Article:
A recent court motion for a new trial alleges that by requiring a dress code, juries are not a representative sample of the population, and are not therefore a “jury of one’s peers” and not a Constitutionally adequate pool of jurors. The decision on this motion could affect criminal law trials in Miami and elsewhere throughout Florida.
Dress Code Requirements
Many courts at the state and Federal level have basic dress code requirements for jurors. Many of the requirements are designed to ensure that jurors look at least somewhat formal, by prohibiting sneakers, flip flops, shorts, and other casual clothes. In this particular case, which was in Federal court (or “United States” court), the policy indicated that “proper attire includes coat and tie for men and similarly appropriate attire for women. No jeans, polo shirts, or sneakers.”
Requiring a suit and tie is on the stricter side for many courts, but Federal courts, which often deal with major, high-level crimes, often maintain stricter rules for all participants in a trial, including jurors.
Sixth Amendment Rights
Under the Sixth Amendment to the Constitution, all Americans are entitled to a jury trial in the event of a criminal law trial. The Constitutional requirement indicates that jurors should be made up of the defendant’s “peers”, which generally means people living in the local community, representing a reasonable cross-section of residents.
Jurors Sent Away by Courthouse Security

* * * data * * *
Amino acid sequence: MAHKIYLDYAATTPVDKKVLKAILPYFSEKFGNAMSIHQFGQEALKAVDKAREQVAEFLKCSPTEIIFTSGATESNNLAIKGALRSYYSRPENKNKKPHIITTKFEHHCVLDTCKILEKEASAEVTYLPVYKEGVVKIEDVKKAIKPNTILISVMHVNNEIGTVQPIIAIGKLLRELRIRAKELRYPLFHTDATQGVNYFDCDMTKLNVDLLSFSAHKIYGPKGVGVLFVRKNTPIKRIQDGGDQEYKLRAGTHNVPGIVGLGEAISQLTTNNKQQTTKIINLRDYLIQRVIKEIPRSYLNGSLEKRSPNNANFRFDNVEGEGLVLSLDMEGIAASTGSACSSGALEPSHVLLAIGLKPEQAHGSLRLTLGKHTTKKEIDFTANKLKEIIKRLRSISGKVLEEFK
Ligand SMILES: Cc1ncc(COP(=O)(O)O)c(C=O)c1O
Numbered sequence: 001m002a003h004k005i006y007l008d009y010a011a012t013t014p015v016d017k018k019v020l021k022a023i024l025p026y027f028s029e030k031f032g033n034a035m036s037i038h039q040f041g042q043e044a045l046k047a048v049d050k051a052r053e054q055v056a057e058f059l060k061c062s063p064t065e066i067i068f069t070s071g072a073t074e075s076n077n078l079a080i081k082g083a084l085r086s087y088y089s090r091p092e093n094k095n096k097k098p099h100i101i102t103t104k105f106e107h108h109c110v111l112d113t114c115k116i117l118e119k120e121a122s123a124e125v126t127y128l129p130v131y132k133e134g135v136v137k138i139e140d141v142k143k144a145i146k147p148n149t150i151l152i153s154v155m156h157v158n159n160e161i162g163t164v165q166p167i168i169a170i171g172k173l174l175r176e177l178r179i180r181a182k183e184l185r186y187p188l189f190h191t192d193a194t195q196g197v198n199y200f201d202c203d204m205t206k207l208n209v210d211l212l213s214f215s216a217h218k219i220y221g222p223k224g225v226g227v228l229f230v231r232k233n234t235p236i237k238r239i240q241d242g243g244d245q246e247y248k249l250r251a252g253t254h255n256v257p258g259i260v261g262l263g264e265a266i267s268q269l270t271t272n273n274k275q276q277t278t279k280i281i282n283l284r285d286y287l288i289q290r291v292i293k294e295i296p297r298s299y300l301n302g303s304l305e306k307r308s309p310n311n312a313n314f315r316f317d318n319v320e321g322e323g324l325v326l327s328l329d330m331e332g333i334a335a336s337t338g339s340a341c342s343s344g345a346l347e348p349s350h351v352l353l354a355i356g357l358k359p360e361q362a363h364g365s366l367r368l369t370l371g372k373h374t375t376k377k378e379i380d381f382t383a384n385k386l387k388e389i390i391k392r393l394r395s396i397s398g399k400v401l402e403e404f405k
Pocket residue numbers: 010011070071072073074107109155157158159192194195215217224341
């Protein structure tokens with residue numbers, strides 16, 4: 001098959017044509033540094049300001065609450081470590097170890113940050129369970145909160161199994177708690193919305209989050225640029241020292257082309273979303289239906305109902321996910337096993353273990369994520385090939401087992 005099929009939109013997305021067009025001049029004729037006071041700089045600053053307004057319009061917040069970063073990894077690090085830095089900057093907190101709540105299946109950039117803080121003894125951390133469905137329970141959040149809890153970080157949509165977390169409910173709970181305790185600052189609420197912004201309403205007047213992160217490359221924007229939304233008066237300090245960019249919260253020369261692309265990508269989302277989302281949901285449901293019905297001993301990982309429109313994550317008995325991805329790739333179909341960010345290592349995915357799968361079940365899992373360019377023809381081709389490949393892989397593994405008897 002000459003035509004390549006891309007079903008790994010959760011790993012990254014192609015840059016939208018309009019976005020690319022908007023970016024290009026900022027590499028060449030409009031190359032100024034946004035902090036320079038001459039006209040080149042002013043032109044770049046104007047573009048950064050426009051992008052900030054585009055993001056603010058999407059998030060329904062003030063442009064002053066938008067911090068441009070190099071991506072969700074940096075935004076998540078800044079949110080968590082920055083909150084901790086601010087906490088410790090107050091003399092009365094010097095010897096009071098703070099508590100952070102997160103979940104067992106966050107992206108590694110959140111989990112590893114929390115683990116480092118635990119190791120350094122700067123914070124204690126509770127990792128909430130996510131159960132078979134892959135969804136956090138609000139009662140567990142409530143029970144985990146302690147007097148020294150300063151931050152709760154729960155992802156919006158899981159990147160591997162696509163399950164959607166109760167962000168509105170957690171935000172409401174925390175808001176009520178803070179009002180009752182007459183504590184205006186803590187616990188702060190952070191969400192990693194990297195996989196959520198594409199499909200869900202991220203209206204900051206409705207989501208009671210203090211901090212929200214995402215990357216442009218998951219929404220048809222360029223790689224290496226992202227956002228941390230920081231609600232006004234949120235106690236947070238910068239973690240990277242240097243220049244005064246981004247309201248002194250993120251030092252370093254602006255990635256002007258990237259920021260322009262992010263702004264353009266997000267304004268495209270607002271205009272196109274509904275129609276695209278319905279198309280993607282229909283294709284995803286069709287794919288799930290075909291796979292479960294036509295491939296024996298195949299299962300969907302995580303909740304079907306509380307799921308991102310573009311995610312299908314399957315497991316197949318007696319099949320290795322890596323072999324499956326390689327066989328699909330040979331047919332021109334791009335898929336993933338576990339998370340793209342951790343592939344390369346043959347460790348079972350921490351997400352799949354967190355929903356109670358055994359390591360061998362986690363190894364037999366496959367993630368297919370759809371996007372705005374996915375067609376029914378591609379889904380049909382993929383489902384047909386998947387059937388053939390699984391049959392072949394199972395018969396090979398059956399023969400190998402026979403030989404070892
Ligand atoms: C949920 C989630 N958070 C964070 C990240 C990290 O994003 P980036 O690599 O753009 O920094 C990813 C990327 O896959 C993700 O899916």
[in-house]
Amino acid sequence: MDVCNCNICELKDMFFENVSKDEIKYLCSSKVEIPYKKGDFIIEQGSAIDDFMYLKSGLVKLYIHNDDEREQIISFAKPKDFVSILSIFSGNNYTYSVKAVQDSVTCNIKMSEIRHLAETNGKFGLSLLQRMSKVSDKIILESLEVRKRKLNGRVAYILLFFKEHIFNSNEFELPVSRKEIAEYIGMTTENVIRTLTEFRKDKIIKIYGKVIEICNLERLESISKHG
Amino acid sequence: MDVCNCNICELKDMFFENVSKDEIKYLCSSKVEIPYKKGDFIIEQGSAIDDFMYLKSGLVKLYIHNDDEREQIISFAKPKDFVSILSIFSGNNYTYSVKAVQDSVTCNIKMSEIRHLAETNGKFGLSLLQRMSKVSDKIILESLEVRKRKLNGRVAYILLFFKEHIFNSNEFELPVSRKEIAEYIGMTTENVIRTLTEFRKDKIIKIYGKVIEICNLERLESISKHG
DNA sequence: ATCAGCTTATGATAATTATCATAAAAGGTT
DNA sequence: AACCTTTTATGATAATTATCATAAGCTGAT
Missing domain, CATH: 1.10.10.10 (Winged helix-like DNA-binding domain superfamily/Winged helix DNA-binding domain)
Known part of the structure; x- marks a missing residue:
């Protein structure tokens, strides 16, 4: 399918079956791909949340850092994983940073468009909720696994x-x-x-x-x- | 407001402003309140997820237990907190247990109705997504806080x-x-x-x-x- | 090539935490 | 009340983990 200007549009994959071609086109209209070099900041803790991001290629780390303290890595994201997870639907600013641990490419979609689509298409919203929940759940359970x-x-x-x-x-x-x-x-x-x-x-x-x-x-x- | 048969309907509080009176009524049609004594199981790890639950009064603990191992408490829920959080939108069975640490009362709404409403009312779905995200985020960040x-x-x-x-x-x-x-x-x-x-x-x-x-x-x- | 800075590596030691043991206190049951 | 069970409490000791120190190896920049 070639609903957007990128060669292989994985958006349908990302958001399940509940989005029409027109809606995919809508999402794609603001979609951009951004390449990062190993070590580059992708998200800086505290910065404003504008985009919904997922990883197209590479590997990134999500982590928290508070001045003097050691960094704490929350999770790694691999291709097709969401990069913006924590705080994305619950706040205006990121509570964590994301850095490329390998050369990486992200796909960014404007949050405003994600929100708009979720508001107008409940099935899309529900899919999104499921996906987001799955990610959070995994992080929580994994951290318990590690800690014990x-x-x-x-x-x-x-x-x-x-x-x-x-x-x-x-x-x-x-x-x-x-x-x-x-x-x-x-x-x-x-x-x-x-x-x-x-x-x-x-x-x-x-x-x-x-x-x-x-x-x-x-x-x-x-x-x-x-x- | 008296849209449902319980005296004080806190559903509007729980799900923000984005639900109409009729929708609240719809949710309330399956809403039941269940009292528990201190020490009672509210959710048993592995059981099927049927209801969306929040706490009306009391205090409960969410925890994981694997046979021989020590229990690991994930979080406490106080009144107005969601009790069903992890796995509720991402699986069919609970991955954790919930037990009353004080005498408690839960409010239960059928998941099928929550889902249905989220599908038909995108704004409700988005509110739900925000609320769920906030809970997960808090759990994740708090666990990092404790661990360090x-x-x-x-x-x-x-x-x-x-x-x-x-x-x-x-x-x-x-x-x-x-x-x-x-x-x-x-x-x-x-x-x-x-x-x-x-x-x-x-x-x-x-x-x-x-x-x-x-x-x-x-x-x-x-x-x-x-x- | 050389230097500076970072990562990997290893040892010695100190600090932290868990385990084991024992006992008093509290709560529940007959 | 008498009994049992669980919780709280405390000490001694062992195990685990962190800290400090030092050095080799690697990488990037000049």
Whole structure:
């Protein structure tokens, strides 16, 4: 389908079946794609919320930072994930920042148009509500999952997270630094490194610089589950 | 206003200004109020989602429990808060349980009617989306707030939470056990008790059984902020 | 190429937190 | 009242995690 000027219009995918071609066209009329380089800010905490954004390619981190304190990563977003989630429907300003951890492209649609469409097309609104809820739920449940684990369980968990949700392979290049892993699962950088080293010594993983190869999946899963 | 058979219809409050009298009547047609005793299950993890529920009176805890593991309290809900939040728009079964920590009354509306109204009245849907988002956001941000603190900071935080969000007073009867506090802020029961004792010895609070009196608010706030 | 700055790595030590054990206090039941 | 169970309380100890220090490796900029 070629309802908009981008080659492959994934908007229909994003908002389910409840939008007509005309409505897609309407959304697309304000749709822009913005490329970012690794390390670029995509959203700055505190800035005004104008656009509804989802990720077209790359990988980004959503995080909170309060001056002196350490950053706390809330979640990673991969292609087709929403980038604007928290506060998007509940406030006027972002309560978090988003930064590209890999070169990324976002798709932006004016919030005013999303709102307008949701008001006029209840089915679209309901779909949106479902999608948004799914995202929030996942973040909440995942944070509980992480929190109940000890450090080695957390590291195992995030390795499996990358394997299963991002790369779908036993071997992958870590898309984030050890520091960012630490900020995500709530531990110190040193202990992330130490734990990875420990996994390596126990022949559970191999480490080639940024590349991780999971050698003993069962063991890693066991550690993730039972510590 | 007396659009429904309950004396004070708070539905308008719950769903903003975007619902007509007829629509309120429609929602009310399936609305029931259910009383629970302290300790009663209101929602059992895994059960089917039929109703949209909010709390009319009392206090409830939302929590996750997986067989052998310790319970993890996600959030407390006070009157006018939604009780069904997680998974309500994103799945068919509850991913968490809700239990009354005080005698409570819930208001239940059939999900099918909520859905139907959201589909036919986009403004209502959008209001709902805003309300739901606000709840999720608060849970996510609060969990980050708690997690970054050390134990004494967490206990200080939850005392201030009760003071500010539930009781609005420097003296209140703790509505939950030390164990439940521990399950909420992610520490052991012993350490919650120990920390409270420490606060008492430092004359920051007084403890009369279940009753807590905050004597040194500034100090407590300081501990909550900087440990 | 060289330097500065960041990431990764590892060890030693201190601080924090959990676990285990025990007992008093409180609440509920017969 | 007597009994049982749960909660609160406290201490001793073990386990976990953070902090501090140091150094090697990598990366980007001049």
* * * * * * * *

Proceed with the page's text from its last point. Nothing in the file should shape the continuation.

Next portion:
According to the attorneys for two real estate investors who are accused of defrauding the United States and financial institutions in a mortgage fraud scheme, several prospective jurors were turned away from entering the courthouse to join the jury pool (the group of people who are prospective jurors in a case) because they did not adhere to the dress code.
The defense attorneys claimed that the jury was not a group of the defendants’ peers as the 12-person jury was made up of all white jurors. While the defendants themselves were also white, the attorneys argued that the make-up of the jury was still not reasonable under the Constitution.
The attorneys argued that the dress code is too strict. They stated that there are many individuals who would not normally be able to wear a suit and tie. They indicated that for economic reasons it may be difficult to afford a suit for some potential jurors.
Also, they claimed that other potential jurors may be dissuaded from serving because their religious or cultural beliefs require them to wear certain outfits that are not directly comparable to a suit and tie. And finally, they argued that some individuals wear sneakers not just to be comfortable, but simply because of medical reasons.
Due to the limits placed on the jury pool, the defense attorneys have argued that their clients must be given a new trial.
Contact the Law Office of Paul J. Donnelly, P.A. for Additional Criminal Law Advice
It is important to utilize the services of a criminal defense attorney who has your best interests in mind when it comes to the jury selection process, as well as throughout the rest of your case. criminal lawyer Miami with free consultation can help you navigate the complex world of criminal law.